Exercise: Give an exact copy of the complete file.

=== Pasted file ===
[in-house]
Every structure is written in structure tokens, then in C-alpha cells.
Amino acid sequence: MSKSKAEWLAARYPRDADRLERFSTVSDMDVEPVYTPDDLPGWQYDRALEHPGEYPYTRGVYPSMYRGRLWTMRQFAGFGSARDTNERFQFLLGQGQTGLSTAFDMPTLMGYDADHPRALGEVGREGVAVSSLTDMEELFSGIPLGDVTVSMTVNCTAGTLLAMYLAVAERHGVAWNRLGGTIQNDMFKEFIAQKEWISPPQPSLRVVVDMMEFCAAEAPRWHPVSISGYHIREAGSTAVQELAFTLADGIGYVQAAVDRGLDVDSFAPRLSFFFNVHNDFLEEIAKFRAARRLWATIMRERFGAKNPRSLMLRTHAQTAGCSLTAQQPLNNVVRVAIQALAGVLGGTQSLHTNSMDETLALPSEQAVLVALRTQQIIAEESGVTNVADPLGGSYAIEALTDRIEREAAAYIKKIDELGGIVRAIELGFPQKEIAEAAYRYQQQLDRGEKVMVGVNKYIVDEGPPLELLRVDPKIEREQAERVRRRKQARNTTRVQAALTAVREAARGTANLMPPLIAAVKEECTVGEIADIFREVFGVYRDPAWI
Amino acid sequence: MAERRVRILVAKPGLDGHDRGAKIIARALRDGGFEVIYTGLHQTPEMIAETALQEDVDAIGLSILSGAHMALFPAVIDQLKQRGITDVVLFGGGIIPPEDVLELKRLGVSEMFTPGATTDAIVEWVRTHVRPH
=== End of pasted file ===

[in-house]
Every structure is written in structure tokens, then in C-alpha cells.
Amino acid sequence: MSKSKAEWLAARYPRDADRLERFSTVSDMDVEPVYTPDDLPGWQYDRALEHPGEYPYTRGVYPSMYRGRLWTMRQFAGFGSARDTNERFQFLLGQGQTGLSTAFDMPTLMGYDADHPRALGEVGREGVAVSSLTDMEELFSGIPLGDVTVSMTVNCTAGTLLAMYLAVAERHGVAWNRLGGTIQNDMFKEFIAQKEWISPPQPSLRVVVDMMEFCAAEAPRWHPVSISGYHIREAGSTAVQELAFTLADGIGYVQAAVDRGLDVDSFAPRLSFFFNVHNDFLEEIAKFRAARRLWATIMRERFGAKNPRSLMLRTHAQTAGCSLTAQQPLNNVVRVAIQALAGVLGGTQSLHTNSMDETLALPSEQAVLVALRTQQIIAEESGVTNVADPLGGSYAIEALTDRIEREAAAYIKKIDELGGIVRAIELGFPQKEIAEAAYRYQQQLDRGEKVMVGVNKYIVDEGPPLELLRVDPKIEREQAERVRRRKQARNTTRVQAALTAVREAARGTANLMPPLIAAVKEECTVGEIADIFREVFGVYRDPAWI
Amino acid sequence: MAERRVRILVAKPGLDGHDRGAKIIARALRDGGFEVIYTGLHQTPEMIAETALQEDVDAIGLSILSGAHMALFPAVIDQLKQRGITDVVLFGGGIIPPEDVLELKRLGVSEMFTPGATTDAIVEWVRTHVRPH